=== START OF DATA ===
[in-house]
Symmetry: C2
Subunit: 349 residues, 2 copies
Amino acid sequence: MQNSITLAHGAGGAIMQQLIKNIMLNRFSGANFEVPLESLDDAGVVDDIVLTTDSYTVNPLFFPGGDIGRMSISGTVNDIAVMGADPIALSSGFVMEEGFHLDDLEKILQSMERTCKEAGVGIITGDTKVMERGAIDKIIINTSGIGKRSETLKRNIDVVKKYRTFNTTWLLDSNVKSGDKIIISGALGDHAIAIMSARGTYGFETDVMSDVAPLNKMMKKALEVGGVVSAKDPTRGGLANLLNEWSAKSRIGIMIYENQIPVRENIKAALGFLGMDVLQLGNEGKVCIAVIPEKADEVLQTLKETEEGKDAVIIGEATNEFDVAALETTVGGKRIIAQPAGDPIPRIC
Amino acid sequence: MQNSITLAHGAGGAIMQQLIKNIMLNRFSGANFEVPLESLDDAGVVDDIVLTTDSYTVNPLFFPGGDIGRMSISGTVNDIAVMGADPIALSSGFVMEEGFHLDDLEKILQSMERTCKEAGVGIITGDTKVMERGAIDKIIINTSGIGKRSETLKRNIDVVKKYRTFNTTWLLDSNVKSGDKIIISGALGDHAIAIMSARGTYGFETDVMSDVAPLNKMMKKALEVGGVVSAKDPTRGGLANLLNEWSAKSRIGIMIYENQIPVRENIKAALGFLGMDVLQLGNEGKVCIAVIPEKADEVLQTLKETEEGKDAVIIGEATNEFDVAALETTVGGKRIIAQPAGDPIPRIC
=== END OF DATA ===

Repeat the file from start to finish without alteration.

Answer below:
[in-house]
Symmetry: C2
Subunit: 349 residues, 2 copies
Amino acid sequence: MQNSITLAHGAGGAIMQQLIKNIMLNRFSGANFEVPLESLDDAGVVDDIVLTTDSYTVNPLFFPGGDIGRMSISGTVNDIAVMGADPIALSSGFVMEEGFHLDDLEKILQSMERTCKEAGVGIITGDTKVMERGAIDKIIINTSGIGKRSETLKRNIDVVKKYRTFNTTWLLDSNVKSGDKIIISGALGDHAIAIMSARGTYGFETDVMSDVAPLNKMMKKALEVGGVVSAKDPTRGGLANLLNEWSAKSRIGIMIYENQIPVRENIKAALGFLGMDVLQLGNEGKVCIAVIPEKADEVLQTLKETEEGKDAVIIGEATNEFDVAALETTVGGKRIIAQPAGDPIPRIC
Amino acid sequence: MQNSITLAHGAGGAIMQQLIKNIMLNRFSGANFEVPLESLDDAGVVDDIVLTTDSYTVNPLFFPGGDIGRMSISGTVNDIAVMGADPIALSSGFVMEEGFHLDDLEKILQSMERTCKEAGVGIITGDTKVMERGAIDKIIINTSGIGKRSETLKRNIDVVKKYRTFNTTWLLDSNVKSGDKIIISGALGDHAIAIMSARGTYGFETDVMSDVAPLNKMMKKALEVGGVVSAKDPTRGGLANLLNEWSAKSRIGIMIYENQIPVRENIKAALGFLGMDVLQLGNEGKVCIAVIPEKADEVLQTLKETEEGKDAVIIGEATNEFDVAALETTVGGKRIIAQPAGDPIPRIC